Campaign launched to bring historic Sunderland ship “home”

Lightship 72 lying on a mudbank in Wales - as photographed by Chris Davies. More photos by Chris can be seen on Flickr by searching "Welsh Gold".
Lightship 72 lying on a mudbank in Wales - as photographed by Chris Davies. More photos by Chris can be seen on Flickr by searching "Welsh Gold".
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One man’s dream of bringing a historic Wear-built ship home to Sunderland has moved a step closer to reality - with the launch of a worldwide fundraising campaign.

 Former tug worker Anthony Renton was inspired to start a £100,000 appeal after hearing of the plight of Lightship No. 72 - a “war veteran” now lying slumped on a mudbank in Wales.

The Wear-built Lightship 72 pictured during the D-Day Landings of 1944, when she carried the name Juno.

The Wear-built Lightship 72 pictured during the D-Day Landings of 1944, when she carried the name Juno.

 A charity bank account has been opened, charitable trust status applied for, a Facebook page launched - Save Our Ship Of Light - and a crowd-funding appeal set up via Gofundme.

 “I would love to see No. 72 returned to Sunderland and restored as a reminder of our proud shipbuilding past - and a lot of other people seem to feel the same way,” said Anthony.

“Wearside ex-pats as far away as New Zealand, America, Madeira, Japan and South Korea have expressed an interest in what we are trying to do. It is about time we tried to celebrate Wearside’s shipping history.

 “No. 72 is an especially important example in Lightvessel history, being the only remaining example of a lightvessel carrying both oil-powered and electric-powered mechanisms.”

Crown's Shipyard - where Lightship 72 was built.

Crown's Shipyard - where Lightship 72 was built.

 Lightship 72 was built by John Crown & Sons in 1903 for the lighthouse authority Trinity House. Following her launch on March 30, she served on at least three Trinity stations.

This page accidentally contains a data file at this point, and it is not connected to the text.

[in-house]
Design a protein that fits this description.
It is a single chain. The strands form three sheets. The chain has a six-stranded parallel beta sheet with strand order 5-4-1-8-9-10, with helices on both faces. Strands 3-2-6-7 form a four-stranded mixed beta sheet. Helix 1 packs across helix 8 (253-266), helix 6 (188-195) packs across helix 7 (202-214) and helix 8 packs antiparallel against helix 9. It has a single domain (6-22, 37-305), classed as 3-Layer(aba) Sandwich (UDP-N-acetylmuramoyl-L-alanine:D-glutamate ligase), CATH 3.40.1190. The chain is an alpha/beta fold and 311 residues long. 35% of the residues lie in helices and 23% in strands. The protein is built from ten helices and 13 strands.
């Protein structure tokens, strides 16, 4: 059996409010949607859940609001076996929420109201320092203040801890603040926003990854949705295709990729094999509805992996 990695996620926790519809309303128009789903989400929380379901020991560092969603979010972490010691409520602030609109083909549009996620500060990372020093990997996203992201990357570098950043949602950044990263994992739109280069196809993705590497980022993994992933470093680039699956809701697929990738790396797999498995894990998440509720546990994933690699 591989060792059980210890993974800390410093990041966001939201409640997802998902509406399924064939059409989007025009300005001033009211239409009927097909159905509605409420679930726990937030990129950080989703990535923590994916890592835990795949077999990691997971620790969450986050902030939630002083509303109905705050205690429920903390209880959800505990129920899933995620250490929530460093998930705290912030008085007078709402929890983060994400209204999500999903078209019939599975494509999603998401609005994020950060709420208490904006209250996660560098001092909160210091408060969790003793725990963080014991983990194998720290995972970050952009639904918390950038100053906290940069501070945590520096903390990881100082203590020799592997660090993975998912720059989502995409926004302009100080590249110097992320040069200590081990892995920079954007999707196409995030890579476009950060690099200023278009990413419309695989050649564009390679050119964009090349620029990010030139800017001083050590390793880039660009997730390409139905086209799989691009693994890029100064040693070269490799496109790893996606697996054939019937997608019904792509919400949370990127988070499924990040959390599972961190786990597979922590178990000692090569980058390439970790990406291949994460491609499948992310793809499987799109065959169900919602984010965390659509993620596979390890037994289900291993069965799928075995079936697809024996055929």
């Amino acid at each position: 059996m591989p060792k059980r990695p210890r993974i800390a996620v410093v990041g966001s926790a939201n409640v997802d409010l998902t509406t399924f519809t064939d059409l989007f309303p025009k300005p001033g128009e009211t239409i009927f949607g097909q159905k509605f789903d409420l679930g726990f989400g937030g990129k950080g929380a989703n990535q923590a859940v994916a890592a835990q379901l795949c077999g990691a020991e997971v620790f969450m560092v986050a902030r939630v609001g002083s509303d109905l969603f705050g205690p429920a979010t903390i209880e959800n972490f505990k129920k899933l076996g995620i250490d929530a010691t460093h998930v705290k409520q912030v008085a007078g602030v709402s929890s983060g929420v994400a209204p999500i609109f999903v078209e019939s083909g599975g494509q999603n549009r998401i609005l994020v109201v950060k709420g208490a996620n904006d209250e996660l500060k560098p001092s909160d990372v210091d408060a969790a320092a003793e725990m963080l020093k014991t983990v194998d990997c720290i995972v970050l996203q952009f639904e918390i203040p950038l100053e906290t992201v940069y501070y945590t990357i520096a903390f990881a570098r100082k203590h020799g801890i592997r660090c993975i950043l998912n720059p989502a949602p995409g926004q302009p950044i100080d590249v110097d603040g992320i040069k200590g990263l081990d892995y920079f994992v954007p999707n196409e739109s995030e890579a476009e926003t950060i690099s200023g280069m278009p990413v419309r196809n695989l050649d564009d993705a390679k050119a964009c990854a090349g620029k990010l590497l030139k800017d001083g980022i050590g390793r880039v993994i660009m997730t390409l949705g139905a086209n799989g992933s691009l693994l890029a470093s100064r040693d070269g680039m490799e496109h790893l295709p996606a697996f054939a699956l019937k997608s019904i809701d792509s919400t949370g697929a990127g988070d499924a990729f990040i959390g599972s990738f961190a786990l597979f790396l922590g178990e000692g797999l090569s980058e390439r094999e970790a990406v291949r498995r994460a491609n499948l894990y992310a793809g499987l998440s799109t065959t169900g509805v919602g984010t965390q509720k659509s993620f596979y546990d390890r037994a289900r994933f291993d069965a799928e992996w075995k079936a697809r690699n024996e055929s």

The vessel later saw service during World War Two when, under the name Juno, she marked out a safe passage though minefields for landing craft during the D-Day landings of 1944.

 “She acted as a guide for mainly British and Canadian servicemen. The vessel would have been the last friendly ship they saw before reaching the invasion beaches,” said Anthony.

 “No. 72 helped save the lives of thousands and remained in service in Normandy until January 1945, when she was towed to Le Havre for repairs following various collisions.”

 The vessel saw active service at Smith Knoll Station from 1945-9, later moving on to Varne Station until 1952 - followed by various English and Welsh grounds stations until 1954.

 In 1972, however, she was declared surplus to Trinity House requirements and laid up in Swansea. No. 72 was sold to the Steel Supply Company in Neath for scrapping a year later.

 “She was used as a company office for a time , and there was talk of converting her into a nightclub. This never happened, and now she is just moored in a mud berth,” said Anthony.

 “But, despite her age, she is still absolutely solid. No. 72 was made from iron, rather than steel, and the only leakage she has is where people have stolen her porthole covers.”

 Anthony would like to see No. 72 displayed on the Wear and restored to her former glory, as a memorial to the days when Sunderland was the biggest shipbuilding town in the world.

 But, although the current owner has kindly agreed to sell the ship for £40,000 - the scrap metal value - Anthony still faces an uphill struggle to raise funds to bring her home as well.

“I would love to see 72 returned to Sunderland and restored, as she would be a reminder of our proud shipbuilding past. This is a labour of love for me; I believe we can do it,” he said.

 “The way she is now is a truly sad end to a long life of active service at sea. I’m keeping my fingers crossed that the people of Sunderland will help out. Let’s do this for our city!”

 A Save Our Ship Of Light website is now in the pipeline, and Anthony is also in talks with a local artist to draw up impressions on how No. 72 would look finally sited in Sunderland.

 “It’s going to be a busy few months for us, with lots of stuff to look at - as well as trying to get local businesses, as well as local celebrities, on board - if we can,” said Anthony.

 “I’m sure that, as momentum gathers, more doors of opportunity will open. I’m hopeful that, in the future, we will be able to apply for Heritage Lottery funding - and other grants. “In the meantime, we would also love to hear from anyone with connections to No.73 - such as relatives of those who worked at Crowns, ex-Trinity House crew or D-Day veterans.”

l For further information contact Anthony through the Facebook page Save Our Ship Of Light. Donations can be made via www.gofundme.com/kdkcxs53